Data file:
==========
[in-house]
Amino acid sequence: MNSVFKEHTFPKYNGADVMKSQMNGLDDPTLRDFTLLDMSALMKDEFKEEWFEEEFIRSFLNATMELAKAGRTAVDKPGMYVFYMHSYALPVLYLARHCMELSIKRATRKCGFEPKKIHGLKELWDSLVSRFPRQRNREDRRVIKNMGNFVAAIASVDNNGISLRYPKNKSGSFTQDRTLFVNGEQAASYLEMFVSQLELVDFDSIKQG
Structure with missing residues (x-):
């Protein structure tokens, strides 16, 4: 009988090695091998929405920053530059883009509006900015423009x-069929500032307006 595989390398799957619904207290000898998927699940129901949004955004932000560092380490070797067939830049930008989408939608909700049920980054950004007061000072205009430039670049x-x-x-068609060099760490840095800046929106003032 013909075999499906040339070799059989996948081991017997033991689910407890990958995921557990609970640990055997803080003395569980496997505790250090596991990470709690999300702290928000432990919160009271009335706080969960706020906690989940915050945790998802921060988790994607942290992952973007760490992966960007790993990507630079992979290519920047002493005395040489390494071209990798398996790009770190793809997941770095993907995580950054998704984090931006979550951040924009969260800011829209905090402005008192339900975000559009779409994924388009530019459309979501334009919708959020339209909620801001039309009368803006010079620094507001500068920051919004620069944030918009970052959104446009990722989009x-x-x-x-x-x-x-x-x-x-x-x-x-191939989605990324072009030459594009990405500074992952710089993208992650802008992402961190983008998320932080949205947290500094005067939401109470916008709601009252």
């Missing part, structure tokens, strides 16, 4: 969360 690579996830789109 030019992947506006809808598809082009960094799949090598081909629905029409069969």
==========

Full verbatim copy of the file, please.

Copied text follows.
[in-house]
Amino acid sequence: MNSVFKEHTFPKYNGADVMKSQMNGLDDPTLRDFTLLDMSALMKDEFKEEWFEEEFIRSFLNATMELAKAGRTAVDKPGMYVFYMHSYALPVLYLARHCMELSIKRATRKCGFEPKKIHGLKELWDSLVSRFPRQRNREDRRVIKNMGNFVAAIASVDNNGISLRYPKNKSGSFTQDRTLFVNGEQAASYLEMFVSQLELVDFDSIKQG
Structure with missing residues (x-):
């Protein structure tokens, strides 16, 4: 009988090695091998929405920053530059883009509006900015423009x-069929500032307006 595989390398799957619904207290000898998927699940129901949004955004932000560092380490070797067939830049930008989408939608909700049920980054950004007061000072205009430039670049x-x-x-068609060099760490840095800046929106003032 013909075999499906040339070799059989996948081991017997033991689910407890990958995921557990609970640990055997803080003395569980496997505790250090596991990470709690999300702290928000432990919160009271009335706080969960706020906690989940915050945790998802921060988790994607942290992952973007760490992966960007790993990507630079992979290519920047002493005395040489390494071209990798398996790009770190793809997941770095993907995580950054998704984090931006979550951040924009969260800011829209905090402005008192339900975000559009779409994924388009530019459309979501334009919708959020339209909620801001039309009368803006010079620094507001500068920051919004620069944030918009970052959104446009990722989009x-x-x-x-x-x-x-x-x-x-x-x-x-191939989605990324072009030459594009990405500074992952710089993208992650802008992402961190983008998320932080949205947290500094005067939401109470916008709601009252």
């Missing part, structure tokens, strides 16, 4: 969360 690579996830789109 030019992947506006809808598809082009960094799949090598081909629905029409069969």